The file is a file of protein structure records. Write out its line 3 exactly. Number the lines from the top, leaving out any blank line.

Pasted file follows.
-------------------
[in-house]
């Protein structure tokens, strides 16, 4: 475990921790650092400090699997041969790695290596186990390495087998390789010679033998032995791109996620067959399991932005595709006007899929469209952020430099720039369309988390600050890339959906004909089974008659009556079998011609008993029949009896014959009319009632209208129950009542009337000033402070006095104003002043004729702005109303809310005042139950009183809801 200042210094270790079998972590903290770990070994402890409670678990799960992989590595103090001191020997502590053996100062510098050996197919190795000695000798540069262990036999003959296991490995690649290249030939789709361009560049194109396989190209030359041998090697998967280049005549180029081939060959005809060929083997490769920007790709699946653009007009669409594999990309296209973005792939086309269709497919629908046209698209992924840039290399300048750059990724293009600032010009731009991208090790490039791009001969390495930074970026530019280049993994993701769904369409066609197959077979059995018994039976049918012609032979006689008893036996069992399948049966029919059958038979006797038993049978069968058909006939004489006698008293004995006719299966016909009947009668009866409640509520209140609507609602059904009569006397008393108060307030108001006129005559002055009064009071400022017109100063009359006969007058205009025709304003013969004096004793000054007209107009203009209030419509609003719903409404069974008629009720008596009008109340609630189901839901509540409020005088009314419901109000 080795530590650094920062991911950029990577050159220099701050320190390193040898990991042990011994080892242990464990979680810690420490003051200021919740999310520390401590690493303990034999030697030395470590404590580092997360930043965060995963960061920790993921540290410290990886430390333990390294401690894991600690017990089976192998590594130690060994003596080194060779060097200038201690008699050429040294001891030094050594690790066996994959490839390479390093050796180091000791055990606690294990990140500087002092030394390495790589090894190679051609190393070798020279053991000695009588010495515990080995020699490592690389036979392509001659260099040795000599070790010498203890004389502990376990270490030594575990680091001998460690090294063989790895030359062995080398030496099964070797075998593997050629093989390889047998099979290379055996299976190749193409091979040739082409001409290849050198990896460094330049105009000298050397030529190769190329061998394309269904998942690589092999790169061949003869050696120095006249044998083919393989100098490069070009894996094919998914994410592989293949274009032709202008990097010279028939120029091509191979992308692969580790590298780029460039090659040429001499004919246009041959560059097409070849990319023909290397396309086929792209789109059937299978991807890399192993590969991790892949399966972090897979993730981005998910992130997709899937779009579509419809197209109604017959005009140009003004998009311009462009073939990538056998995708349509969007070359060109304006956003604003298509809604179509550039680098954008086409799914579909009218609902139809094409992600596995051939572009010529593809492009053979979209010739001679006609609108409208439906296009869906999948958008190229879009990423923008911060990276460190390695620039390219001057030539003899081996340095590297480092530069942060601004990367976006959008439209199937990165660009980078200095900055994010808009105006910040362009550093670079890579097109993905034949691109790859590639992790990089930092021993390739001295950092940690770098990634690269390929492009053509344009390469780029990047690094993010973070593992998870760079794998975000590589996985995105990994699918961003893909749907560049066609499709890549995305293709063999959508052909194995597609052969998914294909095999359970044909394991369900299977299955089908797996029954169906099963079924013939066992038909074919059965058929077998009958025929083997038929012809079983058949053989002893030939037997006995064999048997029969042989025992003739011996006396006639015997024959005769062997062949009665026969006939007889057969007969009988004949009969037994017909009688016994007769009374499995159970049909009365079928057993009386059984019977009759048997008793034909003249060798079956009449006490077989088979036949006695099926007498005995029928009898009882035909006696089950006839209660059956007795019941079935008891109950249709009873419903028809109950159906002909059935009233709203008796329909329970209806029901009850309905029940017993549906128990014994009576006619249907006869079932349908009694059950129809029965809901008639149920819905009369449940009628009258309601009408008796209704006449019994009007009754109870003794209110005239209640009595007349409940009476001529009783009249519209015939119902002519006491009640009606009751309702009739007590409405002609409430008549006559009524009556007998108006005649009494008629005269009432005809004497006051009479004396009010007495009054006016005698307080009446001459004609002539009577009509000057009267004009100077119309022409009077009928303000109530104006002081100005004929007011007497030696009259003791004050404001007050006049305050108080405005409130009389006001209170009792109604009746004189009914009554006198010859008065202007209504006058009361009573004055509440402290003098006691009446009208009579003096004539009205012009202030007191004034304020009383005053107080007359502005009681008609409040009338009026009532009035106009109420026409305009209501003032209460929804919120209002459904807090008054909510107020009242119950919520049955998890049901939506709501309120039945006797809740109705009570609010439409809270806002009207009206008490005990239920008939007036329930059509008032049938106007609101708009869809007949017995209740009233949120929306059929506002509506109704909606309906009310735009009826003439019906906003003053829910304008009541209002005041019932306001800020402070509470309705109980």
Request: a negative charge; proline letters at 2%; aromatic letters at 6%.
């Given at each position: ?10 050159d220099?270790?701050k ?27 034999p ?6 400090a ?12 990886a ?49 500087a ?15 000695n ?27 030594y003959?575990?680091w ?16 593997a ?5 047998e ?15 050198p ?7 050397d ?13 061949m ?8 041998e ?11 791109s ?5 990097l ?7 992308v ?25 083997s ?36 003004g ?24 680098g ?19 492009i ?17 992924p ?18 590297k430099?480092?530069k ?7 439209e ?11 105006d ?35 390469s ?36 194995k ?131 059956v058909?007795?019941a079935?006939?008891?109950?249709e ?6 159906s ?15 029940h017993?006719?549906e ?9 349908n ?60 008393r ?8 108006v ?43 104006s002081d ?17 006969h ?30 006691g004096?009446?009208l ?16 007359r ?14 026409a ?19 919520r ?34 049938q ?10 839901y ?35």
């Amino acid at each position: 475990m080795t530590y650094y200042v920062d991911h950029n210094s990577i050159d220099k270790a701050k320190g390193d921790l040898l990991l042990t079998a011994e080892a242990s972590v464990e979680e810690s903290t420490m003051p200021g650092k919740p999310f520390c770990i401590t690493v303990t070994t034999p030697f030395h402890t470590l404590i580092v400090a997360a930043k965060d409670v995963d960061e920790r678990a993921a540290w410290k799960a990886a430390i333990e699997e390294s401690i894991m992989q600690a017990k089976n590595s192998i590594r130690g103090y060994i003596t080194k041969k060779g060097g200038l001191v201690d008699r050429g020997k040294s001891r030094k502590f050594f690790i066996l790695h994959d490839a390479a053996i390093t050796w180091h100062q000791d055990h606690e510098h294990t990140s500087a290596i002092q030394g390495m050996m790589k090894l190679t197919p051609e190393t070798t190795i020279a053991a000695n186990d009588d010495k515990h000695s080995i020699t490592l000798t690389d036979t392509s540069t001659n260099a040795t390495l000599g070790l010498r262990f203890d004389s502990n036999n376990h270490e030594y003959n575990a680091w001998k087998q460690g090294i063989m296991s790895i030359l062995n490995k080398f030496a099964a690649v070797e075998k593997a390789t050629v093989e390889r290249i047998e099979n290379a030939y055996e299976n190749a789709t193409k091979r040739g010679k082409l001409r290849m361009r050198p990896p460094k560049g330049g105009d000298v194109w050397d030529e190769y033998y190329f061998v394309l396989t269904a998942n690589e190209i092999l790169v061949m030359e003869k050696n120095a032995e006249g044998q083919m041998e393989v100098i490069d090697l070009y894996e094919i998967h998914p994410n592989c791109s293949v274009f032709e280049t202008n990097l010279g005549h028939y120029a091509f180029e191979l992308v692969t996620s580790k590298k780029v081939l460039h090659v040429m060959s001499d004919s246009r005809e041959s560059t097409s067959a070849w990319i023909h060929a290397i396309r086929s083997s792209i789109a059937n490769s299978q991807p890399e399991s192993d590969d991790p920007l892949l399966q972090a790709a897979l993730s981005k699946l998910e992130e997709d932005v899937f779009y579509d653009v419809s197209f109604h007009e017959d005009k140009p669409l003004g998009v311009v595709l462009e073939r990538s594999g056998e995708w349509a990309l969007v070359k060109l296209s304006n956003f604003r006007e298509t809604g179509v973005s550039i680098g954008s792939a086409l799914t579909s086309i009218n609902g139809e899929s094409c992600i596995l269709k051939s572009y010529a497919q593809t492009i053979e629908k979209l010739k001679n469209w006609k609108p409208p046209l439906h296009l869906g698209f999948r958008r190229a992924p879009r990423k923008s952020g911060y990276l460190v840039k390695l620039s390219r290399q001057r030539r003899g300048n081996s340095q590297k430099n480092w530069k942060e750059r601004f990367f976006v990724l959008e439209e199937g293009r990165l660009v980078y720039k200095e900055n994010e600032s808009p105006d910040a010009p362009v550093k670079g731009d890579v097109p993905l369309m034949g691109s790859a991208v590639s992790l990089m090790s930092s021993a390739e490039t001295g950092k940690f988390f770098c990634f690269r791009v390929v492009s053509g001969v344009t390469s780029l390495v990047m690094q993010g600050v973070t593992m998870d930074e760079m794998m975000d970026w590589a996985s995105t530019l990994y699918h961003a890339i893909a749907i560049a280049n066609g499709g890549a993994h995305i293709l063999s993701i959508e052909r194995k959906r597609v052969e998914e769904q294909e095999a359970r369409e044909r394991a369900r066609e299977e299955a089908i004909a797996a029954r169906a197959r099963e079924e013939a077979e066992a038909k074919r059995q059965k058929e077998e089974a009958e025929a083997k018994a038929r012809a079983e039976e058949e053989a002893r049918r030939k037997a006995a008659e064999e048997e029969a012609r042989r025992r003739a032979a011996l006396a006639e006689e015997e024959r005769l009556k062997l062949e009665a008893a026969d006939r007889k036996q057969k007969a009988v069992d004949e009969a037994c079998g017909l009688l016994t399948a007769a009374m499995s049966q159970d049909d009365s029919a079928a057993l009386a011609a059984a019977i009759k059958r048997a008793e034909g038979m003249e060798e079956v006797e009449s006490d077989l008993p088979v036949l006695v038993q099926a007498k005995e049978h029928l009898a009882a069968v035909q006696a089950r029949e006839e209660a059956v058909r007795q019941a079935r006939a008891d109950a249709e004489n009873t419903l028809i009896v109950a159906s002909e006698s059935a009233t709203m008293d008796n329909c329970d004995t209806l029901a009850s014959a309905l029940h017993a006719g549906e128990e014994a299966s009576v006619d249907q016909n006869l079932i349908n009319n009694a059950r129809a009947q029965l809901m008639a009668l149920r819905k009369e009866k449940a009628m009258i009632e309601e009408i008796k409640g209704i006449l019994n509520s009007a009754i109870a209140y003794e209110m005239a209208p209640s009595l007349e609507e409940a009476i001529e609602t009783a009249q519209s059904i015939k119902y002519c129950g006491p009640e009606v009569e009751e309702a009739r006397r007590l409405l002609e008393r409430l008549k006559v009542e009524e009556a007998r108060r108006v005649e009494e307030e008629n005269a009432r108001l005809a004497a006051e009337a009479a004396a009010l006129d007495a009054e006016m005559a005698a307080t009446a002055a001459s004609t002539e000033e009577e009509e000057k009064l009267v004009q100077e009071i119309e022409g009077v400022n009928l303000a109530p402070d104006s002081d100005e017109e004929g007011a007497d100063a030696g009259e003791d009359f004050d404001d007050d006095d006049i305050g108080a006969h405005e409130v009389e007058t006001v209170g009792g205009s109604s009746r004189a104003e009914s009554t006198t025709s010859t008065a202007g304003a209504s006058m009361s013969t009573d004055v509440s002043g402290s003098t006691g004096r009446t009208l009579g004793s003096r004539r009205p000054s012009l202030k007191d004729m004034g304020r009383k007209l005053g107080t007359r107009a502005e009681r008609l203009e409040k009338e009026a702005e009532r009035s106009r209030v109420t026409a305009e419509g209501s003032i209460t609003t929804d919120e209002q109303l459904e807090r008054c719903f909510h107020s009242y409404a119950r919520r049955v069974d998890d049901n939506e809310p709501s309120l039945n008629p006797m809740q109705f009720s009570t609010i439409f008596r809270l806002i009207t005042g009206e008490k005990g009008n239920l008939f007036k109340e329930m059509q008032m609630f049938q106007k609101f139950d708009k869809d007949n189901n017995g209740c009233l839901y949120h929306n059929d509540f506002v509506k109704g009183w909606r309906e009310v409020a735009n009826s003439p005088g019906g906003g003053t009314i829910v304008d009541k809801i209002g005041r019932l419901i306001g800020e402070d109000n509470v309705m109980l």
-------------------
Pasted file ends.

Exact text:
Request: a negative charge; proline letters at 2%; aromatic letters at 6%.